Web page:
In a town in the North-East of Kurdistan, Iraq, 150 km from ISIS-run Mosul, a group of Christians are pioneering a new model of of housing refugees, through village style, refugee-run micro-camps.
Billy Ray, originally from Florida, is co-founder of The Refuge Initiative. He has been living in North Iraq with his wife, Dawn, and three young sons since 2008.
He told Christian Today that after working in various areas, in 2010 they were invited to move to Soran – a Kurdish town 20 miles from the Turkish and Iranian borders – where they became the first western family to ever live in the region, according to a local resident.
The mayor "rolled out the red carpet for us", Ray said. He gave them land in the "Freedom martyrs quarter of Soran", where families who had lost members in recent civil conflicts lived, and asked them to work with the war-widows in the area.
They began building a community centre, called The Refuge, which provided vocational training, language classes, an event hall and outdoor playgrounds. Over the years their relationships and friendship with the local people and government grew.
In June 2015, ISIS took over the city of Mosul, just 150km away.
Ray and his family's reaction was not to flee, but rather, he said "we just naturally went back to the mayor and asked how we could help." He said he felt "God's grace to be here for such a time as this."
In his head, Ray had thought that he and his team from World Orphans would be able to shelter up to 20 families on the land they had been given.
The mayor asked if they could take exactly 20 Shabak Shia Muslims who had fled their village just days before ISIS attacked it. Having been "ratted out by some of their neighbours nearby", they had come to Soran, but had no money to pay rent or place to live.
"That very day, we had the bulldozer on our land," Ray said, and within nine days, he and his team had prepared a tented camp with water and electricity for the 120 people to move in to.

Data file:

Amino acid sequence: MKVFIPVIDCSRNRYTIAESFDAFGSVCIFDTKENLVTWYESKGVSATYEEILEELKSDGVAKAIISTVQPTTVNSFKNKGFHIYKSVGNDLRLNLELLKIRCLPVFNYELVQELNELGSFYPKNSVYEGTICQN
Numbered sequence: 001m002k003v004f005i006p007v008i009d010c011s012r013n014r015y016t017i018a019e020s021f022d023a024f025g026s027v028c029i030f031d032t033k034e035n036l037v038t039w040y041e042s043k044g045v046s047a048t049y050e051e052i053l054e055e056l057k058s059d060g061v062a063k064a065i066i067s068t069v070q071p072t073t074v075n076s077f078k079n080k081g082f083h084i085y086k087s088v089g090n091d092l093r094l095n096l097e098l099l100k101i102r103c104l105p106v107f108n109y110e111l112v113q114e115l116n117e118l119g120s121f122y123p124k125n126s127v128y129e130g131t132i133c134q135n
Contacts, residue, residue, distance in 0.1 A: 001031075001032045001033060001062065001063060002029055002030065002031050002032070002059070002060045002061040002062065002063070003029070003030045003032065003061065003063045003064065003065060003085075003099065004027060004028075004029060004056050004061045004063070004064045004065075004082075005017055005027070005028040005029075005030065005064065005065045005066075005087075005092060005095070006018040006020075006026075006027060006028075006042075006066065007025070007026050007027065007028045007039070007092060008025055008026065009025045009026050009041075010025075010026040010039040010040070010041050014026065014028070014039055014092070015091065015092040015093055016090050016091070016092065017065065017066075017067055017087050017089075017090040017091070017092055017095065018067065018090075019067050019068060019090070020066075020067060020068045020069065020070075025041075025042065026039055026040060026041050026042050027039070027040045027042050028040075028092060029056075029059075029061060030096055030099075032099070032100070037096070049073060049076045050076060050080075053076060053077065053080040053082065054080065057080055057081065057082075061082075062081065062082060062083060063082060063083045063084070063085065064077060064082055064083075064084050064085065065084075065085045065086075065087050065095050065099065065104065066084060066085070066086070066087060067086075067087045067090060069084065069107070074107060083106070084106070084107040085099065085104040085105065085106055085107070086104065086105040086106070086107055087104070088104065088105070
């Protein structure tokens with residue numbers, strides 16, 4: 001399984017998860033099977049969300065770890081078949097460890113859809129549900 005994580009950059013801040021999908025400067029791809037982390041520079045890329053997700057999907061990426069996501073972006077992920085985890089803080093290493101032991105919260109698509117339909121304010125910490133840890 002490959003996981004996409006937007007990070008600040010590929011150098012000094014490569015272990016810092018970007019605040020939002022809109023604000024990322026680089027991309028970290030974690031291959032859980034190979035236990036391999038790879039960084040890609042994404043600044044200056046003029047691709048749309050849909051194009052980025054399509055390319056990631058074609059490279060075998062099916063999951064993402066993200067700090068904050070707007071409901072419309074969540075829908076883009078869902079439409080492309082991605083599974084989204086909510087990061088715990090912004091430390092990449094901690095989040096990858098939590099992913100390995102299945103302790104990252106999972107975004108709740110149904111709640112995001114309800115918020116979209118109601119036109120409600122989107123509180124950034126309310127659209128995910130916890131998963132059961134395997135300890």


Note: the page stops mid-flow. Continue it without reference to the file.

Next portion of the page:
"That was the tip of the iceberg", he said. "There are hundreds of thousands of refugees out there and this was just 120 people."
Ray's despair at the "millions of refugees that are stuck in these UN industrialised camps, where people live in indignity, with no autonomy, dependent on the EU", inspired him and his team to develop the "micro-camp" initiative.
"We want to display a better way of doing refugee care through micro-villages", he said.
There are now five micro-camps providing refuge for around 700 Yazidi and Shabak refugees. These micro-villages house between 100-250 people, or 20-25 families, and are developed in partnership with the refugees themselves, seeking to both meet their needs and empower them. Through keeping families and communities together, these camps hope to enable community to continue, allowing a degree of self-governance and maintaining the normal village social structure.
The Refuge Initiative has involved, and often been led by, the mayor and local government, enabling a far greater level of integration between refugee camps and the city itself.
"All our camps but one are built on public land," Ray said. "We have basically created sub-divisions of the city that are hooked up to the main water and electrical grid. The men are allowed to work in the community enabling them to be basically independent, and with the government's help the refugees can get right back on their feet."
The vision for these camps is to create "genuine communities of hope", which includes developing pathways for refugees back in education, vocational training and work. The Refuge Centre that was built when the Rays moved to Soran is now being used as a school for the children living in the micro-camps.
Ray and The Refuge Initiative have a burden for "those languishing in the refugee camps across the Middle East", which become "recruitment grounds for ISIS."
"We've got to work to change the situation," he said. We need to "help government officials see that there is a better model" for refugee camps through the vision of micro-camps and see this model multiplied.